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How to clean your car’s interior

Many of us take our vehicle to the car wash and vacuum its interior with some regularity, but we don’t always think about deep-cleaning to remove dirt and germs. Cleaning a vehicle’s interior can be tricky business, too, because there are so many different materials and each one reacts to cleaning products differently. There are a few simple steps you can take to make sure that you’re cleaning your vehicle’s interior and doing so in a way that is both effective and safe.

Further reading

What’s your goal?

Image used with permission by copyright holder

There are two avenues to consider here: Which products will clean your interior, and which products will sanitize your interior. Sanitizing is much more difficult than just cleaning, partly because removing viruses and bacteria is much harder and also because many of the products that actually work for sanitizing can be very damaging to the various materials in your vehicle’s interior. The good news is that many cleaning products and disinfecting wipes have detergents that are safe for the interior and effective at killing viruses and bacteria.

Which cleaners to use

Leathers and organic materials

2020 Chrysler 300 Radar Red Interior Image used with permission by copyright holder

Basic automotive cleaning wipes work very well to clean dirt and grime and usually have a mild detergent, which helps kill viruses and bacteria. If you don’t have a stash of car-cleaning products hanging around, you’re not completely out of luck. You can also repurpose other household cleaners to clean the leather upholstery in your car. Makeup removal wipes can work wonders on leather, because they usually contain some cleaning agent along with a moisturizer that will keep the organic materials from drying out.

Though it may be tempting to grab the rubbing alcohol to disinfect, there’s a good reason that you don’t shower in the stuff, and the same logic should apply when cleaning leather and other natural materials in your vehicle. Alcohol-based cleaners can dry out the natural oils that live in the hides. Believe it or not, you can use plain old soap and water in a pinch, which also happens to be very good at killing germs and viruses.

Synthetic materials

Interior materials like vinyl and synthetic leathers have improved to the point that it’s nearly impossible to tell them apart from the real thing in many cases, but the way they behave when cleaned is completely different. Man-made fibers don’t have the same porous structure that natural materials like leather do, which makes them much less susceptible to drying out when they come in contact with the wrong cleaner. You should still avoid using bleach, alcohol, ammonia, or other harsh cleaners, but wiping down with other products will be much easier. Use an automotive cleaner like Armor All to wipe down synthetic surfaces, or a cleaner that contains detergent.

Painted surfaces

Mercedes-AMG GT 43 4MATIC Image used with permission by copyright holder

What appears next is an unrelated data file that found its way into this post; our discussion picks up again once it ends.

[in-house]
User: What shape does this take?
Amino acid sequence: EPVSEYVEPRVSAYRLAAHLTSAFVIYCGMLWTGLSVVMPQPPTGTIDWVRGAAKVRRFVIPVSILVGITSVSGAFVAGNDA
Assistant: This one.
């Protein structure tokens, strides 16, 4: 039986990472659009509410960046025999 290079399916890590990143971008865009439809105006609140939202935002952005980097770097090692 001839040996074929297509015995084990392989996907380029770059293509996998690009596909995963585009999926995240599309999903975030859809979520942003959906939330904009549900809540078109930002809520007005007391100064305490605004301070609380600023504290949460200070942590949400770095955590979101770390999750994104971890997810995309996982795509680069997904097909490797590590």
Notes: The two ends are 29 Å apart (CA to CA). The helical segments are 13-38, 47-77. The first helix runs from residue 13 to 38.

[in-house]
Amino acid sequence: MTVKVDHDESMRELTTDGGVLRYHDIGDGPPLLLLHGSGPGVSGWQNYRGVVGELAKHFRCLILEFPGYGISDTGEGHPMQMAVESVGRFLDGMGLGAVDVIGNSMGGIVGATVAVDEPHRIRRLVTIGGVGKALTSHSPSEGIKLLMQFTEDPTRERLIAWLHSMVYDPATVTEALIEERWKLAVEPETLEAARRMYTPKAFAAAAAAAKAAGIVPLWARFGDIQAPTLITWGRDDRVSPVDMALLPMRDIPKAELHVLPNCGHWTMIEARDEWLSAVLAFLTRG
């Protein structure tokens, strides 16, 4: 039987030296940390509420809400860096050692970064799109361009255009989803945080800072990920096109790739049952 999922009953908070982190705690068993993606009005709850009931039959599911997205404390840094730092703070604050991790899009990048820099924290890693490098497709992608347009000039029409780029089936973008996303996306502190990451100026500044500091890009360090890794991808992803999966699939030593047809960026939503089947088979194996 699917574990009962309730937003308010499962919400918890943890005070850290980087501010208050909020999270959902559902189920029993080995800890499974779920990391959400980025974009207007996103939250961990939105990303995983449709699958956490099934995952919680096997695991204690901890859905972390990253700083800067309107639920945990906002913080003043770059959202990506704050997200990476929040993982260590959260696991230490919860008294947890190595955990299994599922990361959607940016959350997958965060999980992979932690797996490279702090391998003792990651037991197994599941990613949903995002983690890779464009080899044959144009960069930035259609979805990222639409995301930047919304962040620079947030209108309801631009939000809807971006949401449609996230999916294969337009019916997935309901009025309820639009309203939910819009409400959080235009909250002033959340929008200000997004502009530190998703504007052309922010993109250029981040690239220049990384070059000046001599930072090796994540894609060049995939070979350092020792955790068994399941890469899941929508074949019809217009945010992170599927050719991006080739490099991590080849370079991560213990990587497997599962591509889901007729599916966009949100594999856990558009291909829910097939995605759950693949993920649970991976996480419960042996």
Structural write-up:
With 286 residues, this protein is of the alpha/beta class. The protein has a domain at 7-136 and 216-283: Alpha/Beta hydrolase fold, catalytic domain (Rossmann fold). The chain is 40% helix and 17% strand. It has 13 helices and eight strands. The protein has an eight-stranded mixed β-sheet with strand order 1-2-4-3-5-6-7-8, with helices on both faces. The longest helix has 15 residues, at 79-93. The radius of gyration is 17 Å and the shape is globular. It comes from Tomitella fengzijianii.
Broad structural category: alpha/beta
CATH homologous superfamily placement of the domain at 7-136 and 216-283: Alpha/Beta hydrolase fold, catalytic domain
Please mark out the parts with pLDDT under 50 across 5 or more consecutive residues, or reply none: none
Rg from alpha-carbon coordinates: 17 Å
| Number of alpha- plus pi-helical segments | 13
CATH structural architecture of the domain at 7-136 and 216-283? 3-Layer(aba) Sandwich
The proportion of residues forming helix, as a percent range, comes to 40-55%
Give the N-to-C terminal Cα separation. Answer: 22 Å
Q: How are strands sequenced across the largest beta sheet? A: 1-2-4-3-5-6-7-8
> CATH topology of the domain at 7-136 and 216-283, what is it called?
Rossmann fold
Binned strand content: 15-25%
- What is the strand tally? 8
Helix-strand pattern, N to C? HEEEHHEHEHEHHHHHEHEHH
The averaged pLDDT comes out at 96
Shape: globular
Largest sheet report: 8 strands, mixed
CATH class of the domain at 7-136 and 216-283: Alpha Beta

Cleaning your vehicle’s paint with something like dish soap is not recommended, because it can strip wax and other protective materials and allow the paint to be damaged. You’ll run into the same issues when using alcohol. You can use bleach if you absolutely have to, but make sure that it has been heavily diluted. If you’re dead set on cleaning your vehicle’s exterior and don’t have any dedicated car wash solution, plain old water can blast away the worst of the dirt and grime without damaging the paint.

Mother Nature

If killing germs is your goal, you might be able to get away with using what Mother Nature already provides for free: Sunlight. Ford recently released a software update for its public service fleet vehicles that cranks up cabin temperatures to 133 degrees Fahrenheit, but in some parts of the country the sun will do that for you. If the interior of your vehicle sees sustained sunlight and blazing temperatures for at least 15 minutes a day, you’re likely killing many of the harmful bacteria and viruses that reside there.

What not to use

There are quite a few household cleaners that work wonders in your kitchen but will wreak havoc in your car. If you must use Lysol or Clorox wipes, make sure the product you’re using is free of bleach. Spray disinfectants can also be tricky, because they only kill bacteria and viruses on contact, so you’ll have to be sure you’re spraying on every single surface for the cleaner to be effective. Also avoid cleaners that contain ammonia, especially when using them on and around the electronics and screens in your vehicle. Ammonia can strip protective coatings and damage sensitive touchscreens.

Public transportation

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Those of us who have to take the bus or use a ridesharing service like Uber or Lyft are in a bit more stressful situation, because the transportation we use every day is also used by hundreds of other people on a regular basis. If you find yourself stressing over who touched the door handle before you, there are a few easy fixes. Personal sanitary wipes that contain alcohol are a great way to wipe down vehicle door handles and grab handles on public transit. You won’t be able to do much about the seats — most Uber drivers will frown upon having someone scrubbing away at their vehicle’s interior — but you can make sure to wash your hands thoroughly after riding.

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Chris Teague
I cover automobiles and tech to find the stories and information that really matter. My background in technology consulting…
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